The work was hard and constant but we were all in good humor through both days. Albert said he probably would not have taken on the job if he had known what was involved, and I think we all agreed with that. I said I might be calling you again, knowing what all you can do. He said, I’ll be sure not to pick up the phone when I see your name and number.

Early Saturday afternoon I seared a big brisket on the grill and stuck it into the oven to braise. Tom threw four strip steaks onto the grill, and we broke for lunch. I guess I had been apprehensive about actually eating this meat from a mature cow, meat that we had no way to properly age. But the steaks tasted amazing, as did the brisket, which we ate as we watched the Wildcats win yet another game with a last-second Aaron Harrison shot.

And last (Sunday) night came the true test, when I served up old number 19 to the wife and children. I had fears they would resist on sentimental grounds, or would think the meat tasted funny, and I would be stuck with two chest freezers full of beef I would have to eat myself. Fears unfounded, all three of them wanted a second helping!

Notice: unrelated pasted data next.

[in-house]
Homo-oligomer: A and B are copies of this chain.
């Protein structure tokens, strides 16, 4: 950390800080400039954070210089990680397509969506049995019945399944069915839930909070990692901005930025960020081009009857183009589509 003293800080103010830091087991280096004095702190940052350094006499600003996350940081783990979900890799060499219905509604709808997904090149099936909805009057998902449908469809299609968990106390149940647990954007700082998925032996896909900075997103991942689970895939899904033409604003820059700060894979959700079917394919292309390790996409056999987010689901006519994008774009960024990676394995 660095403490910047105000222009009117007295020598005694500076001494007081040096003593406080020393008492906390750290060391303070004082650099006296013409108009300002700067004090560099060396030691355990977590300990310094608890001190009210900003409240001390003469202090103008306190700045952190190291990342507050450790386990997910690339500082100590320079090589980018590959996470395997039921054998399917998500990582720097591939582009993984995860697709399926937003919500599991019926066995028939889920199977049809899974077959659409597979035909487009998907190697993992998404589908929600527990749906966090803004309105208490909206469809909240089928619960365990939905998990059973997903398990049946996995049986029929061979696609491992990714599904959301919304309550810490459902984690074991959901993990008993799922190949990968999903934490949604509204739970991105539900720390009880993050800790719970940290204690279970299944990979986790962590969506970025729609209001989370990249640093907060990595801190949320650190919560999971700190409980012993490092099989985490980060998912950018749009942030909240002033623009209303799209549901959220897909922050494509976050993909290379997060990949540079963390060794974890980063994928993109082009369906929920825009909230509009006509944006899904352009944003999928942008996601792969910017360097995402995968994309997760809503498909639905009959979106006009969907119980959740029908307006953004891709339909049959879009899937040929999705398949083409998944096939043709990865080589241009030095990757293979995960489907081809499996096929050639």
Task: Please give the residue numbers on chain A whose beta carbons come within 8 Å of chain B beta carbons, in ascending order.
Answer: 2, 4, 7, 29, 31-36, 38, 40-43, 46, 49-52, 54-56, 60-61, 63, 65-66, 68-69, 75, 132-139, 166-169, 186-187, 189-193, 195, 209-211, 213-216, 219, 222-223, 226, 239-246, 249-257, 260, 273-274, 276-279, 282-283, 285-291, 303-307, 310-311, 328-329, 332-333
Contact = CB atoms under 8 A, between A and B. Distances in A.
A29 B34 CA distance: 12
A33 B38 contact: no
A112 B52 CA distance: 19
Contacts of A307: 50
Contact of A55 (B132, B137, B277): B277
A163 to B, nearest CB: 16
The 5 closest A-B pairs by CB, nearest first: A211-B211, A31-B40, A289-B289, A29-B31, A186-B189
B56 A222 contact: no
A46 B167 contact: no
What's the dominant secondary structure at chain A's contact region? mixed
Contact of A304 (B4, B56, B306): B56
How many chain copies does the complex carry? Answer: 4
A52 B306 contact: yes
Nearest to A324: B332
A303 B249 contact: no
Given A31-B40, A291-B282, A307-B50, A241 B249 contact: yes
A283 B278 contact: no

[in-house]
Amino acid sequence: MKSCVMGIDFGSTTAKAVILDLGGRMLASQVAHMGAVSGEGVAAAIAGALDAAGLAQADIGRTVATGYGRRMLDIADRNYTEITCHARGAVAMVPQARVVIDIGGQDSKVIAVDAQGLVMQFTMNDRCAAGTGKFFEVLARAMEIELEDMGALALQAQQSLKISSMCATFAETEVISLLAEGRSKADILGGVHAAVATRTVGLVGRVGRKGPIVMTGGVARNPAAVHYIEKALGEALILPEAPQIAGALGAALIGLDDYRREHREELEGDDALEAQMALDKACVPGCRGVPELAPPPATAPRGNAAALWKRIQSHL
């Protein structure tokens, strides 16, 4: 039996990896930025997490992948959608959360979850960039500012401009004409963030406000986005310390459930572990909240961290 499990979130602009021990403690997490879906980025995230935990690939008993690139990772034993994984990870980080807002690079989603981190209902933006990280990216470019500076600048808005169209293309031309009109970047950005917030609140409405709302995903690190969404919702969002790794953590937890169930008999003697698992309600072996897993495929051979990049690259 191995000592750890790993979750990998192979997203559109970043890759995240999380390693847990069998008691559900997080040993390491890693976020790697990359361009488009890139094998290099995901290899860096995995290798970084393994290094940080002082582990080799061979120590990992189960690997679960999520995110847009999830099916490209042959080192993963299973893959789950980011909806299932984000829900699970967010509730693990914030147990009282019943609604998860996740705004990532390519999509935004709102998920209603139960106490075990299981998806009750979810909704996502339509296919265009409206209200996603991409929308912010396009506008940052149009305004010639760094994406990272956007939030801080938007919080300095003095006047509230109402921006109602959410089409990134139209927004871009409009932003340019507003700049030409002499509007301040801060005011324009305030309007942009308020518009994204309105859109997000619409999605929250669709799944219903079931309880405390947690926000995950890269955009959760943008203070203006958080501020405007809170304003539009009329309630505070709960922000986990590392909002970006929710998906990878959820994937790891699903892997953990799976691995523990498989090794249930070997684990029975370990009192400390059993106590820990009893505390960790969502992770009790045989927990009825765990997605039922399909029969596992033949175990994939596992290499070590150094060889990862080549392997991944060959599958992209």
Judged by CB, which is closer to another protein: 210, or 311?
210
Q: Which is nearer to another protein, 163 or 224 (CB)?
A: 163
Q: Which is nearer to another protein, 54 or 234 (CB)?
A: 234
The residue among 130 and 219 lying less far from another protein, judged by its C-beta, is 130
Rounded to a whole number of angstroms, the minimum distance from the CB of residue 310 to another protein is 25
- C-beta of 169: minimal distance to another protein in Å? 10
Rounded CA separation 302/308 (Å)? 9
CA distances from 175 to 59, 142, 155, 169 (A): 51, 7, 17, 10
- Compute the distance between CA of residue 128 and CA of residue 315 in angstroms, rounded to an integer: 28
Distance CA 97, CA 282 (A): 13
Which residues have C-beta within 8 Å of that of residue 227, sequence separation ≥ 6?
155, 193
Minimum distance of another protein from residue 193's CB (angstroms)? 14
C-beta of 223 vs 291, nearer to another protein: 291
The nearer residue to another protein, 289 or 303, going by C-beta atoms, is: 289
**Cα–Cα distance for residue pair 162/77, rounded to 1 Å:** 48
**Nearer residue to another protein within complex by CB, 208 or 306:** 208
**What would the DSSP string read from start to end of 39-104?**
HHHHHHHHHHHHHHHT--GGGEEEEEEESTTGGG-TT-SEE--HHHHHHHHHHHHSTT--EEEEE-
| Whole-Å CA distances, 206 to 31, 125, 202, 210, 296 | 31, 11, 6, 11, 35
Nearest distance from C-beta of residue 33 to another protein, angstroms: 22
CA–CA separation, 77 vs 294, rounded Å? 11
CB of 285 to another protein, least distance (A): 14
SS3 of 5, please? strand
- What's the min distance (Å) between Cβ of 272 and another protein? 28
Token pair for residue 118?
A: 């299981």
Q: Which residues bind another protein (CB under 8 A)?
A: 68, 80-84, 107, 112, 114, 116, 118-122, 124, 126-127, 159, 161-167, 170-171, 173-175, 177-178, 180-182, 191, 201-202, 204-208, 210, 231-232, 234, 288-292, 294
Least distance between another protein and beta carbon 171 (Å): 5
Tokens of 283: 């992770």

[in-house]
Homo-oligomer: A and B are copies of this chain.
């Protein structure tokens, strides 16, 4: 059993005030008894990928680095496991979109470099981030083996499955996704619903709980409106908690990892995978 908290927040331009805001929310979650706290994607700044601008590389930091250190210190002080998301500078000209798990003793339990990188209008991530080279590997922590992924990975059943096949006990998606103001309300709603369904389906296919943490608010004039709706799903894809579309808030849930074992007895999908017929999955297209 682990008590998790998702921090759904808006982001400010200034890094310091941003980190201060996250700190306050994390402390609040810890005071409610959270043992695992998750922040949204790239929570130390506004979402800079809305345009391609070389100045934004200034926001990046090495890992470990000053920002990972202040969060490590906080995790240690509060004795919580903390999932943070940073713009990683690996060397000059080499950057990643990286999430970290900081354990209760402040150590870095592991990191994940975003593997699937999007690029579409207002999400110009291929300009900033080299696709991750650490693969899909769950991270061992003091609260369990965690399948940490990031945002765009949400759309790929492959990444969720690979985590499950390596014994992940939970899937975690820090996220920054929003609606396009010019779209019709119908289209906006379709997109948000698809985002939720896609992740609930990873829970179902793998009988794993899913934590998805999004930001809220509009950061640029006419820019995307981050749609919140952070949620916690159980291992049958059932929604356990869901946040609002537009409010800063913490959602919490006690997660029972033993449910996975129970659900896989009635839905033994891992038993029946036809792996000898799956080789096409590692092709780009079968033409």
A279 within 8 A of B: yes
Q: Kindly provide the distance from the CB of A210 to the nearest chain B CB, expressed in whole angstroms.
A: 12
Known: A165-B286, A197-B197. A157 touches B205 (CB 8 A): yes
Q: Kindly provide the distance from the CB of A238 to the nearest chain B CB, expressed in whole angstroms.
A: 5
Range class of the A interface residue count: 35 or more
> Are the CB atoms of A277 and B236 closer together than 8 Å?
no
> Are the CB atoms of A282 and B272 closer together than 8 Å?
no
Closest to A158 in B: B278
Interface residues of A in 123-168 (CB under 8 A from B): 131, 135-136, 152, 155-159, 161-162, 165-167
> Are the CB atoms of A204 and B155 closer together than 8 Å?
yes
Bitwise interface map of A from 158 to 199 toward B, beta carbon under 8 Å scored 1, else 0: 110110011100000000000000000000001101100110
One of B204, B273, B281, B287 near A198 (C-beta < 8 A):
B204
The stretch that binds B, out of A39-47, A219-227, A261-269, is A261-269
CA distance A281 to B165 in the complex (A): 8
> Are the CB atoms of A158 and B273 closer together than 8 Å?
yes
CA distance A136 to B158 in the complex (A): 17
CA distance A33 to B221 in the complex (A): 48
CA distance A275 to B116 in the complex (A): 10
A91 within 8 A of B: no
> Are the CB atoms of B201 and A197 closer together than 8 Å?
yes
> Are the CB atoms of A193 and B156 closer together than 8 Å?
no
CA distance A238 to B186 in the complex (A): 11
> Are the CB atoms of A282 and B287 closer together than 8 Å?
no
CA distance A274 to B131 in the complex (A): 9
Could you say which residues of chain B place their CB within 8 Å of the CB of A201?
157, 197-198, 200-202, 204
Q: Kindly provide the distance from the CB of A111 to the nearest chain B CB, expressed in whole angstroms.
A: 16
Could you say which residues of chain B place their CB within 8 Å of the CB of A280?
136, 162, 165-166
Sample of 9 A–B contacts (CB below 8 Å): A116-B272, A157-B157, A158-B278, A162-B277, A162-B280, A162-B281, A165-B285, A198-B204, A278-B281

I could easily insert some Wendell Berry-esque reflections on the nature of community and work, and they would be appropriate. But I’ve been out here in the country for over a decade now, and I am somewhat ambivalent about Mr. Berry. Sometimes (often) I give thanks and praise for his soul and wisdom. Bless His Heart.  I really do think he is the Greatest Living Kentuckian, if not in the running for Greatest Living American. But for me there are other times when it’s Goddamn Wendell Berry for getting me into this farming life. I know it’s not his fault. I’m coming to realize now that I lack many, or most, of the attributes necessary to become a good farmer, and am too scattered, too corrupted by modernity, too fond of bourbon and rock n roll and sleeping in and watching basketball all night while reading Vogue magazine. Lack of self-knowledge. That’s on me. I’m fairly sure Wendell might find me a peculiar kind of farmer if ever we met.

This weekend my farming adventure came together in a very Berry way, though, and ended well. Until the next farming catastrophe, it will be Wendell, Bless His Heart.

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Number 19 was my first cow to calve. She was not crazy about me and my camera.
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Bloat is nasty business.

 

 

When life gives you lemons, you make … hamburger, lots and lots of hamburger